Moniz: Burt right to sustain Lahey lawsuit
David Burt and his Cabinet’s decision to continue with a lawsuit launched by the former government against the Lahey Clinic is in Bermuda’s best interests, Shadow Attorney-General Trevor Moniz said yesterday.
Mr Moniz said the Premier and his Cabinet colleagues Kim Wilson and Walter Roban clearly knew a lot more now than eight months ago, when they signed a legal brief drawn up by Ewart Brown’s lawyer in support of a motion by the hospital to have the case dismissed.
“They have put themselves in a little bit of a difficult position,” said the One Bermuda Alliance MP. “[But] obviously, that was then, this is now. The case should proceed and they need to get on with it.
“I wouldn’t have done what they did, I don’t think, but that’s neither here nor there. Their explanation would presumably be ‘if we knew then what we know now’. Now they obviously know a lot more. Now they see what really was going on.”
Mr Moniz spearheaded the action against Lahey when he was Attorney-General in the OBA government, filing the suit against the Massachusetts-based teaching hospital in a federal court in Boston in February last year.
The civil claim named former premier Dr Brown as a “co-conspirator” and claimed he conducted “excessive, medically unnecessary and frankly dangerous scans” at his two private clinics in Bermuda for his own “enrichment” and gave Lahey a cut of the fees he collected from insurers.
Dr Brown strenuously denies the allegations, as does Lahey.
Lahey responded to the lawsuit with a motion to have the case dismissed and Dr Brown’s lawyers filed a legal brief to support that motion in May last year, signed by 11 past and present Bermuda parliamentarians. A hearing on the motion to dismiss is due to take place on Wednesday.
The brief described the lawsuit as “politically motivated” and a “personal vendetta against the PLP and Dr Brown, as one of its former and influential leaders”.
As well as Mr Burt, Mr Roban and Ms Wilson, the other signatories were Dr Brown, former PLP premier Alex Scott, PLP MPs Wayne Furbert, Kim Swan, Michael Scott and Zane DeSilva, and Mark Pettingill and Shawn Crockwell, who were then independent MPs.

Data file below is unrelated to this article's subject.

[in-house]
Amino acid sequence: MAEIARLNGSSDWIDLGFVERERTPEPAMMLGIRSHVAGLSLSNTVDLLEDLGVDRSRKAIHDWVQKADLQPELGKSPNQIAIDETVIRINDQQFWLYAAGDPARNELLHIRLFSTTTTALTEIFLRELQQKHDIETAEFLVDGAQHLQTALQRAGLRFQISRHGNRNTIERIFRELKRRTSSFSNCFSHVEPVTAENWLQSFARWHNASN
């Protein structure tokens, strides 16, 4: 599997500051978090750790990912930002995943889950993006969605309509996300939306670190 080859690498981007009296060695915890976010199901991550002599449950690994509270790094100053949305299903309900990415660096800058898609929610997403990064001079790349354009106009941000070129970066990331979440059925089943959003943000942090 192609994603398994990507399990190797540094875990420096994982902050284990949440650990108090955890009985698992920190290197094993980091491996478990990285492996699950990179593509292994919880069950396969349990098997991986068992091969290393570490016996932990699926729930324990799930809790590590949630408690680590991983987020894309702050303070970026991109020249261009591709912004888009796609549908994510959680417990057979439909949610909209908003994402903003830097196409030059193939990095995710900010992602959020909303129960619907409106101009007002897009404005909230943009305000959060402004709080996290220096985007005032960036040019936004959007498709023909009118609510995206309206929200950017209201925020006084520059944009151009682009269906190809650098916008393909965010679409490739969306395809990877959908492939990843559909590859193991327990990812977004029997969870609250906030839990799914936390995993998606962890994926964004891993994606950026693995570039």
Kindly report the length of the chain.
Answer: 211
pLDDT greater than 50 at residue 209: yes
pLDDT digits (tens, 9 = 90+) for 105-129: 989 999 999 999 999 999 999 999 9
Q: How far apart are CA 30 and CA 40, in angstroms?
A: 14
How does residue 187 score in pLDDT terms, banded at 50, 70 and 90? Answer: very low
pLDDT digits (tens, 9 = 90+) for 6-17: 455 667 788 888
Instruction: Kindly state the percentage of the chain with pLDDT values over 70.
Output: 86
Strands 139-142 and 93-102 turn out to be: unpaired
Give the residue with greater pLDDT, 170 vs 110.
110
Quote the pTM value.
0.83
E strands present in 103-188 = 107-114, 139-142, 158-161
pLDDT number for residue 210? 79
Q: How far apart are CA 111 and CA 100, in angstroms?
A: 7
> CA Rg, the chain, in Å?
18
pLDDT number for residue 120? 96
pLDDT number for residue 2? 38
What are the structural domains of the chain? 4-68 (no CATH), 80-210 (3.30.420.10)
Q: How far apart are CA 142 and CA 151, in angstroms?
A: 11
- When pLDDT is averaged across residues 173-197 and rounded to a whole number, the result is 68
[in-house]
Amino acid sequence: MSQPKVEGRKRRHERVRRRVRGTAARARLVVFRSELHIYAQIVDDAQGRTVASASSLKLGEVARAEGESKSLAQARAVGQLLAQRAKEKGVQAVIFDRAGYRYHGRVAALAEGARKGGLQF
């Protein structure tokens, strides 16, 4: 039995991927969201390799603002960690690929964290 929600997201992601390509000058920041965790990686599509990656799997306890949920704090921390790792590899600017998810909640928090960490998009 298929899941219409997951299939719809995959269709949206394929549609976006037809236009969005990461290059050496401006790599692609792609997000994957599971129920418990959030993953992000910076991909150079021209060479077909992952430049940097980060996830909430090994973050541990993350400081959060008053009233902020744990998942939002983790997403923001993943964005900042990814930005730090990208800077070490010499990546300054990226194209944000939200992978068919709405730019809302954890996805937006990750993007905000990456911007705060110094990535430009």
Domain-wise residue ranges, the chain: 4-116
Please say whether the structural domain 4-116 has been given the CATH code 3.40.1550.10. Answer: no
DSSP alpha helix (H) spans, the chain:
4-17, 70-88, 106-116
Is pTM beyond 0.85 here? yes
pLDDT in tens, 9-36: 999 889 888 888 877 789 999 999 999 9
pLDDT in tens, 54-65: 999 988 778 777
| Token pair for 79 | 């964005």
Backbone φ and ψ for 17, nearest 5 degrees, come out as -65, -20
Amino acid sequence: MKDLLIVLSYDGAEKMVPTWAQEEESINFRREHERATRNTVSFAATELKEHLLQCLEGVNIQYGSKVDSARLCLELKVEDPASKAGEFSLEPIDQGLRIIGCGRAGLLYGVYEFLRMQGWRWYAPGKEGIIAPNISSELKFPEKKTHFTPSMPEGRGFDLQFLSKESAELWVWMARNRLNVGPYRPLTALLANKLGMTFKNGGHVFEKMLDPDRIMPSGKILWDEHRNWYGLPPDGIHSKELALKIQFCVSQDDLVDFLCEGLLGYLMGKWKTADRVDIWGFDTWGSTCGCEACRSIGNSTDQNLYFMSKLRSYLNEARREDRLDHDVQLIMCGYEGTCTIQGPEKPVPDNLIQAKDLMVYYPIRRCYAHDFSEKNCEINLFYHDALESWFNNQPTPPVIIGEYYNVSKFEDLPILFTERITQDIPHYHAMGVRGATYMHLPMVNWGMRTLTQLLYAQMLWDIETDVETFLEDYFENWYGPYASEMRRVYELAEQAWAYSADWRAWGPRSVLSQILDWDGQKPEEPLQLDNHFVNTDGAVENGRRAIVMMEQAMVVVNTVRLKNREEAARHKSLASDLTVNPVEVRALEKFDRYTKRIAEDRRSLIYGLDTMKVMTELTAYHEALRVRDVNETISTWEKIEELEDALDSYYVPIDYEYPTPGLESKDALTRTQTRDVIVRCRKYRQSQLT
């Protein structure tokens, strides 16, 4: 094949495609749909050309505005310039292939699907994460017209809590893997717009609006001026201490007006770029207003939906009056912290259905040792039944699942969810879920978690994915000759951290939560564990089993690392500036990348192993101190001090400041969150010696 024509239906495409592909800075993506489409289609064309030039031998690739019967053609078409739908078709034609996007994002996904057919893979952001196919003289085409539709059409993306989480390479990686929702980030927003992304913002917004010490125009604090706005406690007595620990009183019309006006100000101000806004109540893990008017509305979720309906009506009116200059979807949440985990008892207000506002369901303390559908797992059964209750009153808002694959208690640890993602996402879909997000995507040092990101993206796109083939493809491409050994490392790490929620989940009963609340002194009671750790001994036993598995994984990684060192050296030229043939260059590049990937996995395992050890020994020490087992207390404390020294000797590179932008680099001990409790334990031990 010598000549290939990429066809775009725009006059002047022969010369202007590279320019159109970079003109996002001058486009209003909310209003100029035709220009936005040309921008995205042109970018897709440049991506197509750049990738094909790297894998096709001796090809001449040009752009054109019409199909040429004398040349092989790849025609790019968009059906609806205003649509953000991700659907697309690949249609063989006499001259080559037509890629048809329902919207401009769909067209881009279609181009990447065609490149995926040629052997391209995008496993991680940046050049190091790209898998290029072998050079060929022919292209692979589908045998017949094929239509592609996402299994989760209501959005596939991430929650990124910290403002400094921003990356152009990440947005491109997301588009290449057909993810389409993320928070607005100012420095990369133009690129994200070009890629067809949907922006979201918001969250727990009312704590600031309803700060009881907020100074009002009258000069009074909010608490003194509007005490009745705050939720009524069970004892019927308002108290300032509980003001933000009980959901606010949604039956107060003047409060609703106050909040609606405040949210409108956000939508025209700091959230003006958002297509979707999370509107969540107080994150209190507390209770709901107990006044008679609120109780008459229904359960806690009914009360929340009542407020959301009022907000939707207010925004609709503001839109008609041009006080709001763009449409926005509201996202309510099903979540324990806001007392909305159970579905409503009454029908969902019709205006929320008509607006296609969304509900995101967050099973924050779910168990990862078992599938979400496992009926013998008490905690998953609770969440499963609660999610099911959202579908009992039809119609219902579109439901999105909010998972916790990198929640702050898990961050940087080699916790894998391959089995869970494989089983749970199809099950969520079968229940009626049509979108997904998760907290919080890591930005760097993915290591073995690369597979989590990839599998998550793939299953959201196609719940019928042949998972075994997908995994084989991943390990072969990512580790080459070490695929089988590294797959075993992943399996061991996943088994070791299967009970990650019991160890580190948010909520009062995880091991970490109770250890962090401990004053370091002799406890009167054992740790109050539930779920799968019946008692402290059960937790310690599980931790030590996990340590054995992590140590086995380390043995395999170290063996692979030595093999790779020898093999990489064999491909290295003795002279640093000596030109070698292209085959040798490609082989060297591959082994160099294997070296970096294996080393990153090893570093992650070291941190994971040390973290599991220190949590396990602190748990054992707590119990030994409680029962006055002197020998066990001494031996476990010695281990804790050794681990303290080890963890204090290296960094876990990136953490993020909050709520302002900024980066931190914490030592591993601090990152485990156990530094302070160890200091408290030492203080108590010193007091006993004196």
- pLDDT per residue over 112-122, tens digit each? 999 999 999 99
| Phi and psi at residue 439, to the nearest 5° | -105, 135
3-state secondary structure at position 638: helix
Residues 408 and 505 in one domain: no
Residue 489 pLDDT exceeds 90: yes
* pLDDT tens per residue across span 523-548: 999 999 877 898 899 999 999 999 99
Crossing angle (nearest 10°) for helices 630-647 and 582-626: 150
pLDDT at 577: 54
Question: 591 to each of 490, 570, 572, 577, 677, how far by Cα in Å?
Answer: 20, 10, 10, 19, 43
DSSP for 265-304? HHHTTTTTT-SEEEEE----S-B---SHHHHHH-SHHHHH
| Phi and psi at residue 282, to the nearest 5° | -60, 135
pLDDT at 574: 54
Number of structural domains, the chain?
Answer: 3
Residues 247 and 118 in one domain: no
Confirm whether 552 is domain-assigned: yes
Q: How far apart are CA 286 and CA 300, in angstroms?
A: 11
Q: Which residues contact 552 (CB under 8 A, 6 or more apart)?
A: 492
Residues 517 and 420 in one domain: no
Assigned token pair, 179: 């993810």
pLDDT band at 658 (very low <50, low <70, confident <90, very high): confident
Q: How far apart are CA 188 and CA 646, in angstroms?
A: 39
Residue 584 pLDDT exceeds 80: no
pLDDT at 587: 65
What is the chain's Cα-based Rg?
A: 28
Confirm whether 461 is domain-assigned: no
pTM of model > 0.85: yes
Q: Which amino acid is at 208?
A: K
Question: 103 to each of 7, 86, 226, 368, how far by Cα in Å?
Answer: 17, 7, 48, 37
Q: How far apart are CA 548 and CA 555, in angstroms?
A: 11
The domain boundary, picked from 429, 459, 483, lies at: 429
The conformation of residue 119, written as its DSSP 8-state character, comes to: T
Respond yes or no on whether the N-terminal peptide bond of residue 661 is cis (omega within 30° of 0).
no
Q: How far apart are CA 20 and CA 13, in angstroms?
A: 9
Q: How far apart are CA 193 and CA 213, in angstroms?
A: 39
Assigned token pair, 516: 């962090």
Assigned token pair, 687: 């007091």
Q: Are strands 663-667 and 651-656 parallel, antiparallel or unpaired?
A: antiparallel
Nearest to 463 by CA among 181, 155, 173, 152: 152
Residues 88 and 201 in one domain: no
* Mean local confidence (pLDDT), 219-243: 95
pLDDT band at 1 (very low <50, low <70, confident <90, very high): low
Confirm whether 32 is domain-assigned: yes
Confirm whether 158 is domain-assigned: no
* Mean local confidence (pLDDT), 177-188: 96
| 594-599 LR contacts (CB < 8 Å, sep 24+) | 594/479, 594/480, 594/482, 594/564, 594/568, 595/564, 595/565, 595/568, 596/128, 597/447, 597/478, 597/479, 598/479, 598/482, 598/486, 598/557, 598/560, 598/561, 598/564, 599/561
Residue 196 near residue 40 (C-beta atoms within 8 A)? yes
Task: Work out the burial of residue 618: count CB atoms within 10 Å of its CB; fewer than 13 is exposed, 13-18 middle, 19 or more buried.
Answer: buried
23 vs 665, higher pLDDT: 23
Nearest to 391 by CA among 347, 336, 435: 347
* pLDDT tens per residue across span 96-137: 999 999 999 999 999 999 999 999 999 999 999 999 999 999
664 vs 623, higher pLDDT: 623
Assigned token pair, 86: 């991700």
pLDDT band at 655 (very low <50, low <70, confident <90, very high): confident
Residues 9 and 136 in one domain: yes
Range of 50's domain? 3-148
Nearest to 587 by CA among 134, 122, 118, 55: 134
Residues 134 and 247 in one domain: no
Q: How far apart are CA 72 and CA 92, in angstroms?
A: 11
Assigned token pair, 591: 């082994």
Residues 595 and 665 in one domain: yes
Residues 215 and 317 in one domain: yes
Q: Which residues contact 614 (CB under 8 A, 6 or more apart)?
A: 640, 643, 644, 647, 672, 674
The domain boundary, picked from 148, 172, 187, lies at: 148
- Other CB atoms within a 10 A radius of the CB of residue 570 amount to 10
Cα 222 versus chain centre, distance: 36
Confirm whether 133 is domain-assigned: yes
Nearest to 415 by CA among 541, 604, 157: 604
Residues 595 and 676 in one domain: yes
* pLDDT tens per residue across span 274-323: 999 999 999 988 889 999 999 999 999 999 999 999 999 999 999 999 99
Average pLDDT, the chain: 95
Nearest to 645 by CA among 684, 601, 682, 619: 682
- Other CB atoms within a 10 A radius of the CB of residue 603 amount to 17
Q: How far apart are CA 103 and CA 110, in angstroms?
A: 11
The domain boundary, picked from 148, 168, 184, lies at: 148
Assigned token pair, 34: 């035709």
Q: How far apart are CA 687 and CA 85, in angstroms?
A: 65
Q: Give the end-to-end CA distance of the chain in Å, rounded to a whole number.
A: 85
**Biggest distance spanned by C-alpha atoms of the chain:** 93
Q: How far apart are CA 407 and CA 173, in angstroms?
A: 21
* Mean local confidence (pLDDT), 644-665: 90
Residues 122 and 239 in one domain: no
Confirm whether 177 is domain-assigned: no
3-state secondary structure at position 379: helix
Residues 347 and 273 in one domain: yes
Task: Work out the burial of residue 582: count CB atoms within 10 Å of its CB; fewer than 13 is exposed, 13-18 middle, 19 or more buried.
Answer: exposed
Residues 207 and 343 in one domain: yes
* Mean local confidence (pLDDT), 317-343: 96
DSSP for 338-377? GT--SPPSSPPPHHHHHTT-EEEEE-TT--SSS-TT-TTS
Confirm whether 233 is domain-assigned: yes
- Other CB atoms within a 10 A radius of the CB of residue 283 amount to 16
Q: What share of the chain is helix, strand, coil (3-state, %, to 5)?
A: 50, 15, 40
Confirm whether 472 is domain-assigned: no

The lawsuit was expected to be dropped after the PLP’s election win last summer, but this week the Government’s lawyers in Boston filed a fresh submission with the court, in which they continued to oppose Lahey’s bid to have the case dismissed.
The submission called on the court to deny Lahey’s motion and alleged that “Lahey’s continuous and systematic illegal activities ... caused substantial harm to Bermuda’s business and property interests in the United States over a 20-year period”.
On Sunday, Mr DeSilva quit Cabinet, citing the conflict caused by his close relationship with Dr Brown.
Mr Burt, who is at the World Economic Forum in Switzerland, has yet to respond to questions from The Royal Gazette about why his government is pursuing the legal action when he and two Cabinet ministers personally opposed it last year.
Mr Moniz said the Premier’s “personal predicament about why he did that then” when he was Opposition leader should have no bearing on whether the case proceeds.
“I’m sure he’ll say ‘that was then, this is now’,” he said. “This is a substantial case involving a lot of money and it should proceed. The best advice the Government has been able to obtain has said it’s a strong case and they should proceed.
“The Premier is in an interesting position because at one point he was the chairman of the PLP while Dr Brown was premier. At one point, he certainly worked very closely with him. Maybe there’s some personal bond, but this rises above that. We are talking about the interests of Bermuda. You have to put all that aside.”
He suggested the three Cabinet members issue a statement to explain they “didn’t know the whole story at the time and we are in a different position now and we recognise that”. Mr Moniz said he was never pursuing a vendetta, as alleged, but was acting on the “best of the best advice I could get”, adding that Mr Burt and his colleagues were presumably now doing the same.
A source with knowledge of the investigation into Dr Brown’s relationship with Lahey said Mr Burt would be acutely aware of the need for the island to show a “robust stand against corruption” on the global stage.
“If the Government were seen to dismiss these substantial allegations, that would be a huge black eye for our reputation,” added the source, who asked not to be named.
Attorney-General Kathy Simmons said: “I am particularly mindful of what is in the best interests of Bermuda. My actions and words are guided by that one singular focus.
“In accordance with professional protocol, the Attorney-General’s Chambers will not comment on any active matter that is before the courts.
“However, where it is appropriate and in the public interest, upon conclusion of any matter, including the Port Royal and Lahey cases, details of the actions taken will be provided.”
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